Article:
Why mosquitoes love human odour?
One reason why mosquitoes transitioned from harmless animal-biting insects into deadly vectors of human disease was their love for human body odour, says a new research.
New York: One reason why mosquitoes transitioned from harmless animal-biting insects into deadly vectors of human disease was their love for human body odour, says a new research.
"They have acquired a love for human body odour and that is a key step in specialising on us. It was a really good evolutionary move," said Leslie Vosshall from the Rockefeller University in the US.
"We provide the ideal lifestyle for mosquitoes. We always have water around for them to breed in, we are hairless, and we live in large groups," she added.
To understand the evolutionary basis of this attraction, Vosshall and her colleagues examined the genes that drove some mosquitoes to prefer humans in Rabai, Kenya.
Scientists had earlier observed two distinct populations living just hundreds of metres apart.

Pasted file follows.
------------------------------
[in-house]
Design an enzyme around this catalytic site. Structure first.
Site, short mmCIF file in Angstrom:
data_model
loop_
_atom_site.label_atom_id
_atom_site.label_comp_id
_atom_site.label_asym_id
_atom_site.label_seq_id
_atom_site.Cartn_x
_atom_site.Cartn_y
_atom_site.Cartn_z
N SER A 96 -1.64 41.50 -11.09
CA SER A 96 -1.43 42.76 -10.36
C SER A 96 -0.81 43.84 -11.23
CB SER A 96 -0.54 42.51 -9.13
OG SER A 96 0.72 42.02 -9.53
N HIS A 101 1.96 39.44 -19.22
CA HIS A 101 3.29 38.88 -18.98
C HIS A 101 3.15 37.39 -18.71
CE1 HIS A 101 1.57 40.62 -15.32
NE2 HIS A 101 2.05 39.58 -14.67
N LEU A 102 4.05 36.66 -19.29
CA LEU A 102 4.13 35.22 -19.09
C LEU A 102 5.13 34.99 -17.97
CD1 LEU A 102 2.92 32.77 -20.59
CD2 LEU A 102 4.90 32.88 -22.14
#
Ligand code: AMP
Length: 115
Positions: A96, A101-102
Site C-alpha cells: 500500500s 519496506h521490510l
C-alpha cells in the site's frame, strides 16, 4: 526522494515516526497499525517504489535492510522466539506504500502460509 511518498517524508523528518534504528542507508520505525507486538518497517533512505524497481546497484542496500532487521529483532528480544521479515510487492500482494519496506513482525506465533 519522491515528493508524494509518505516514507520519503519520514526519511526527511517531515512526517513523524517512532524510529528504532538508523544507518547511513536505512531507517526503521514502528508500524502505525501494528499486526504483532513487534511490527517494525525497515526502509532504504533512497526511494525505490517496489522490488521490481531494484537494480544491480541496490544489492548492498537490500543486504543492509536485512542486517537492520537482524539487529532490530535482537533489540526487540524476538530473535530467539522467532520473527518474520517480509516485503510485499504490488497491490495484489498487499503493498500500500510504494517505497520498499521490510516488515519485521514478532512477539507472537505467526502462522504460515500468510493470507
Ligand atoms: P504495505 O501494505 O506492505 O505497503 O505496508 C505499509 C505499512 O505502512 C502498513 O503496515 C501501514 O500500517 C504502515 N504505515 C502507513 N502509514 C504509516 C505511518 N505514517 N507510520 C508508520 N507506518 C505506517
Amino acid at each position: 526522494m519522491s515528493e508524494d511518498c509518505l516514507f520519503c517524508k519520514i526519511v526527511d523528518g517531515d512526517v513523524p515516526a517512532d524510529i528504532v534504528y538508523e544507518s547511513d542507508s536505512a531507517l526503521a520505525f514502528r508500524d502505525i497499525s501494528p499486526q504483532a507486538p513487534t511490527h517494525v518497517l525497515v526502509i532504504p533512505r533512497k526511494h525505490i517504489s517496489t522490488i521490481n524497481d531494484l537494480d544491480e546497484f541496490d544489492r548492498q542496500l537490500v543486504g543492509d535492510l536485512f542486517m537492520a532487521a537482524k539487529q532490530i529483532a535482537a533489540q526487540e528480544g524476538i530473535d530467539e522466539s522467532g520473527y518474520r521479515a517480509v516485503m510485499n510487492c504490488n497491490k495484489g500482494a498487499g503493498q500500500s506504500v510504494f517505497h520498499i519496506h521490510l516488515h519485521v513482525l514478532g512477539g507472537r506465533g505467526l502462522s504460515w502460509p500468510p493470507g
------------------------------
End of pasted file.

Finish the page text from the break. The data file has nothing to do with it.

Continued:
Black mosquitoes, a subspecies called Aedes aegypti formosus, tended to lay its eggs outdoors and preferred to bite forest animals.
Their light-brown cousins, Aedes aegypti aegypti, tended to breed indoors in water jugs and mostly hunted humans.
"We think we can get a glimpse of what happened thousands of years ago by looking at this little village in Kenya because the players are still there," Vosshall said.
To zero in on the genes responsible for the human-loving mosquitoes' preference, the researchers crossbred the mosquitoes, creating thousands of genetically diverse grandchildren.
The researchers found 14 genes strongly linked to liking humans, but one odour receptor gene - Or4 - stood out.
"It is very highly expressed in human-preferring mosquitoes," Vosshall added.
The researchers noted that the switch from preferring animals to humans involved a variety of behaviour adjustments.
Mosquitoes had to become comfortable living around humans, entering their homes, breeding in clean water found in water jugs instead of the muddy water found in tree holes.
The study appeared in the journal Nature.